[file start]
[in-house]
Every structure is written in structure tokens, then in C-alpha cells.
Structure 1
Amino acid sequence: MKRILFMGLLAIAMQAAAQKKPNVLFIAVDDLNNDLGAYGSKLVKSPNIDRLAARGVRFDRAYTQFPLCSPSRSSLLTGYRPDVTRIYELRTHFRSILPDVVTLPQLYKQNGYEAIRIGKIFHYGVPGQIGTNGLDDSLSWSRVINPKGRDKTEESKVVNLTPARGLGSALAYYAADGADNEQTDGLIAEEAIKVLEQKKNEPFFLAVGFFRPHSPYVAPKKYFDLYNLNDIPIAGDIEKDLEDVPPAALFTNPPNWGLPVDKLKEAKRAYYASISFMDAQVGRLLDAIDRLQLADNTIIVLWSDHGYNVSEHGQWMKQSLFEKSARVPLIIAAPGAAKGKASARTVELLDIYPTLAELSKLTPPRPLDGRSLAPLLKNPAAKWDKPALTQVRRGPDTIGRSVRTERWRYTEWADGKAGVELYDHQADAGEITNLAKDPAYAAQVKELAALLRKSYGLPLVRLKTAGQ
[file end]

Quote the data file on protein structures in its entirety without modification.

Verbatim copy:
[in-house]
Every structure is written in structure tokens, then in C-alpha cells.
Structure 1
Amino acid sequence: MKRILFMGLLAIAMQAAAQKKPNVLFIAVDDLNNDLGAYGSKLVKSPNIDRLAARGVRFDRAYTQFPLCSPSRSSLLTGYRPDVTRIYELRTHFRSILPDVVTLPQLYKQNGYEAIRIGKIFHYGVPGQIGTNGLDDSLSWSRVINPKGRDKTEESKVVNLTPARGLGSALAYYAADGADNEQTDGLIAEEAIKVLEQKKNEPFFLAVGFFRPHSPYVAPKKYFDLYNLNDIPIAGDIEKDLEDVPPAALFTNPPNWGLPVDKLKEAKRAYYASISFMDAQVGRLLDAIDRLQLADNTIIVLWSDHGYNVSEHGQWMKQSLFEKSARVPLIIAAPGAAKGKASARTVELLDIYPTLAELSKLTPPRPLDGRSLAPLLKNPAAKWDKPALTQVRRGPDTIGRSVRTERWRYTEWADGKAGVELYDHQADAGEITNLAKDPAYAAQVKELAALLRKSYGLPLVRLKTAGQ